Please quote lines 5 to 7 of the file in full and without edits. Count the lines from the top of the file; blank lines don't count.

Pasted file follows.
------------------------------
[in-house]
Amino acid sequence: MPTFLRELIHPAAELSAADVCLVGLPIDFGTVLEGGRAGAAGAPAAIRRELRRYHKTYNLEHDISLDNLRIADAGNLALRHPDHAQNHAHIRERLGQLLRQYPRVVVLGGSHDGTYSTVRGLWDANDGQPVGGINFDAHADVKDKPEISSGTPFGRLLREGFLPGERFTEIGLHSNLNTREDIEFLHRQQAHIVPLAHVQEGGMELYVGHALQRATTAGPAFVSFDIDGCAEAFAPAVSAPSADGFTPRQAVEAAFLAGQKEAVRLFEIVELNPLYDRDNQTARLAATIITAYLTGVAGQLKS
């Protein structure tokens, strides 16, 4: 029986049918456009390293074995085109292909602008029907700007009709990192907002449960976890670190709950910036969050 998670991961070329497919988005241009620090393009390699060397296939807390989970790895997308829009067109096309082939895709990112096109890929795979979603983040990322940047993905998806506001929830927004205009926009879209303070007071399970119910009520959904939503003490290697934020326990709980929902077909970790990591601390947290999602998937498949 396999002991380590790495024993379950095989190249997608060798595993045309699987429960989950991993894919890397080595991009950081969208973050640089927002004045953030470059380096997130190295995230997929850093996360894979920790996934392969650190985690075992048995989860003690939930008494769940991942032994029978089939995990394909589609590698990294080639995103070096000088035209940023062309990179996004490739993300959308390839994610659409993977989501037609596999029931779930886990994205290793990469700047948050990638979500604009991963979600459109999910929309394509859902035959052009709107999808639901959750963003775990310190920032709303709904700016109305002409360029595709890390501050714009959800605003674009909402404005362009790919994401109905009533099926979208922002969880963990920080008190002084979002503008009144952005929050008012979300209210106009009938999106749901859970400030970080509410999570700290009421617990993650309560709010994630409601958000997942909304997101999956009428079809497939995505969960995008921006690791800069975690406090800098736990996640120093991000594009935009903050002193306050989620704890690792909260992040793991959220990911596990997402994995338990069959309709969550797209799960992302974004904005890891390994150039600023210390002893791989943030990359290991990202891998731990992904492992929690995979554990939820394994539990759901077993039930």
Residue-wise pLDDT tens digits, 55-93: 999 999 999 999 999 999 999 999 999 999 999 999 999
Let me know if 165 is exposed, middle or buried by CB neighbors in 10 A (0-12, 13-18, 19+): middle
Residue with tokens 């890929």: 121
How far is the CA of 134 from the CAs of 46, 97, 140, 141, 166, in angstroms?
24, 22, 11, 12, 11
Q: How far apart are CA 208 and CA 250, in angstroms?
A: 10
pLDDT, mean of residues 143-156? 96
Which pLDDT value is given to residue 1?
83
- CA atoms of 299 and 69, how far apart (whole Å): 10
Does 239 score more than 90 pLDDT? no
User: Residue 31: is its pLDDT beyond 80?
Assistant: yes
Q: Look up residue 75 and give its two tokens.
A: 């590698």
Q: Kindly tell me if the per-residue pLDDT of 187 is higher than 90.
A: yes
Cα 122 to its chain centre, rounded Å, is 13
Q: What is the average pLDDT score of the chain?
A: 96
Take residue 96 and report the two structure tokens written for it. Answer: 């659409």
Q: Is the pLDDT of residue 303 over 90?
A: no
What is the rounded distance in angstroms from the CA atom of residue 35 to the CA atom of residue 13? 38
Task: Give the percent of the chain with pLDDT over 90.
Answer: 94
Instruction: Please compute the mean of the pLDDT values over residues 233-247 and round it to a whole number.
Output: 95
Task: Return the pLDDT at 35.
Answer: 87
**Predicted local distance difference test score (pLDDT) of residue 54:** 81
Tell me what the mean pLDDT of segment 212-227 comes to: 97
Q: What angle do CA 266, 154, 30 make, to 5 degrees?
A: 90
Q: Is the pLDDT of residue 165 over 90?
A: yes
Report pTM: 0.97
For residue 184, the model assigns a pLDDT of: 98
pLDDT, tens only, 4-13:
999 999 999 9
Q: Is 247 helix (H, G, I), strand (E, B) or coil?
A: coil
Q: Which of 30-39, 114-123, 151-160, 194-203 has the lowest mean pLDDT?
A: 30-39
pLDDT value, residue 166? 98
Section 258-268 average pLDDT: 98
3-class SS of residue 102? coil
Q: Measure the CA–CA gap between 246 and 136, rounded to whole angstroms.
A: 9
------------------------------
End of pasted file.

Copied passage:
Let me know if 165 is exposed, middle or buried by CB neighbors in 10 A (0-12, 13-18, 19+): middle
Residue with tokens 């890929």: 121
How far is the CA of 134 from the CAs of 46, 97, 140, 141, 166, in angstroms?